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Developing Three Dimensional Characters

Updated on April 13, 2013

Developing Fictional Characters

When you know your characters inside and out, it is much easier to know what they are thinking and what action they will take next. More importantly, if you know your characters well, they will become more believable for your readers. Your readers will be able to connect with them and relate to them, resulting in a more emotional experience for readers.

When readers pick up a book, they are looking for an emotional experience. They are more likely to talk about the book with friends if you deliver that experience to them. A well-developed character is one of the tools that will urge your readers to discuss your story.

You may have heard the term “three dimensional characters” thrown around. So what are the three dimensions of a character, and how can you develop your characters to be three dimensional?

Source

First Dimension – Surface

The first dimension is how others would view your character. For instance, does your character have long, curly, red hair? Is she stylish or a bit of a slob? Does she excessively roll her eyes or sigh when others annoy her? Imagine you were sitting across the room from your character and make notes about how she would appear and what mannerisms she would exhibit.

In reality, the first dimension is the simplest to figure out. When you meet a person, the first dimension is what you are instantly exposed to. It is not until you get to know a person that you become familiar with their second and third dimensions.

In writing, there is a chance you will have to work harder for the first dimension. The first dimension may not seem as important to the story as the second and third dimensions. When you first dream up your plot, your characters' back stories may create themselves, while perhaps your characters' hair colors and eye colors may not even occur to you.

Second Dimension – Backstory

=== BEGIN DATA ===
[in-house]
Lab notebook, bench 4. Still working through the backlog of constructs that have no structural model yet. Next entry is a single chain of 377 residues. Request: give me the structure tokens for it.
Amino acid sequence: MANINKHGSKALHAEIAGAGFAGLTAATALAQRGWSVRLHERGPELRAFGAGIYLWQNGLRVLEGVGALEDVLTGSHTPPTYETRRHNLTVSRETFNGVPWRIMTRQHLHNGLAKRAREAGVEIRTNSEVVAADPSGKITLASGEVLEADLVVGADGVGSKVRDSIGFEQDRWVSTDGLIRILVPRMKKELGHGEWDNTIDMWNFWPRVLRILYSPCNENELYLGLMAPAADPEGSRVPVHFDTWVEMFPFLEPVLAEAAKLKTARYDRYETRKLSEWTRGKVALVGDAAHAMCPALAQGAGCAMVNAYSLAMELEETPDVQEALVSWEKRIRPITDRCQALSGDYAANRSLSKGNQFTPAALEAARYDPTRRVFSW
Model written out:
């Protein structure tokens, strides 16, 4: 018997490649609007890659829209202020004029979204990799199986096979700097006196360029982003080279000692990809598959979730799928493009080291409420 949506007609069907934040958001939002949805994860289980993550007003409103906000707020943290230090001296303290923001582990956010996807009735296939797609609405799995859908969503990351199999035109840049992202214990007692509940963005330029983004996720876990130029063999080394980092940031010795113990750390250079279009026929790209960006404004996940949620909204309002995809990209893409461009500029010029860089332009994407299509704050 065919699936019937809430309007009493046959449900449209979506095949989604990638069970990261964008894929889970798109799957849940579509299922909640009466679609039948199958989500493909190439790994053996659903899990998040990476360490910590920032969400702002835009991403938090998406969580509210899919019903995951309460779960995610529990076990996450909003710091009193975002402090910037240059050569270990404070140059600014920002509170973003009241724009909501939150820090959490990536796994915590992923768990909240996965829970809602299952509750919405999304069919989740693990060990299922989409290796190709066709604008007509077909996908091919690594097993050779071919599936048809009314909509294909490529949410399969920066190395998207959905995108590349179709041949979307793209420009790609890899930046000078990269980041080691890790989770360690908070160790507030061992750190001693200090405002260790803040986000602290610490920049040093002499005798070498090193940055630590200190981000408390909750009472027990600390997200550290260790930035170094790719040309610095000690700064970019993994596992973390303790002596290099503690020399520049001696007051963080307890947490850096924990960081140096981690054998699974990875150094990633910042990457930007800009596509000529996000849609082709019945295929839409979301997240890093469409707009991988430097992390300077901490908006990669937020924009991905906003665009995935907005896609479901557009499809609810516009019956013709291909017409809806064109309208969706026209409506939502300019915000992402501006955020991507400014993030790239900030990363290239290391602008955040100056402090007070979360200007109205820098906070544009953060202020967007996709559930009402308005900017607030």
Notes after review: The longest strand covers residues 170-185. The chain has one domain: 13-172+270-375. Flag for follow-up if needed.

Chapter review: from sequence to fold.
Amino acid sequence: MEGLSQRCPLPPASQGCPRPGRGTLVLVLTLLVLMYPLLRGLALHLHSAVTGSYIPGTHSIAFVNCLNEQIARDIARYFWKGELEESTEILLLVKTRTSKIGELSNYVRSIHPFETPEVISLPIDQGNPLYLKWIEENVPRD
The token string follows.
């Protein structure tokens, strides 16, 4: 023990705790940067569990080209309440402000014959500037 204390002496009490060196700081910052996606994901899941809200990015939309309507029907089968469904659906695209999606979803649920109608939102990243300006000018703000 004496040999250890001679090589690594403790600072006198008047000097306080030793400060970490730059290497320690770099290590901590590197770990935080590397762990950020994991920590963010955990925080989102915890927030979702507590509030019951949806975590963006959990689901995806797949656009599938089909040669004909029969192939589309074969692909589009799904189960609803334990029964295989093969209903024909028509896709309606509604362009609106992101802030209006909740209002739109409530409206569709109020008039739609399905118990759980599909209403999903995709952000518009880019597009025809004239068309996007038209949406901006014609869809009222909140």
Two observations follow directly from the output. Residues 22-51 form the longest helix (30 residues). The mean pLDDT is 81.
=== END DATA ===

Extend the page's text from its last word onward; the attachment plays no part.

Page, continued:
The second dimension is the backstory of your character. Where does she come from? What type of history does she have with her family? What traumatic events have colored her past and influence her today? If she has low confidence, what event from her past may have contributed to it?

If your character devotes most of his or her spare time or money to a certain cause, such as curing cancer, what event in his or her past created the passion? Are they a cancer survivor? Did they lose a family member to cancer? Readers are more likely to understand a character's actions, desires, etc. and connect with the character if they know a little about the stories behind the actions.

Third Dimension – Actions

The third dimension involves the way your characters respond to situations. When your character finds out she is being laid off, does she cry or pick up a chair and throw it out a window? How would she respond if another driver cut her off? How does she generally behave and view the world?

Knowing the third dimension of a character is important because if a character was too shy to speak up in a meeting with 20 other people, it would not be believable that he or she gave a speech to an audience of 1,000 people later in the story (unless the story was about her overcoming her fear of public speaking). Readers will notice if a character's actions are contradictory.

Which Characters to Develop

While it is important to develop your main characters, do not waste precious time developing minor characters. Readers are not interested in knowing that your character’s bartender’s second grade teacher humiliated him (the bartender) in front of the entire school. Assuming, of course, the bartender does not play a major role in your story.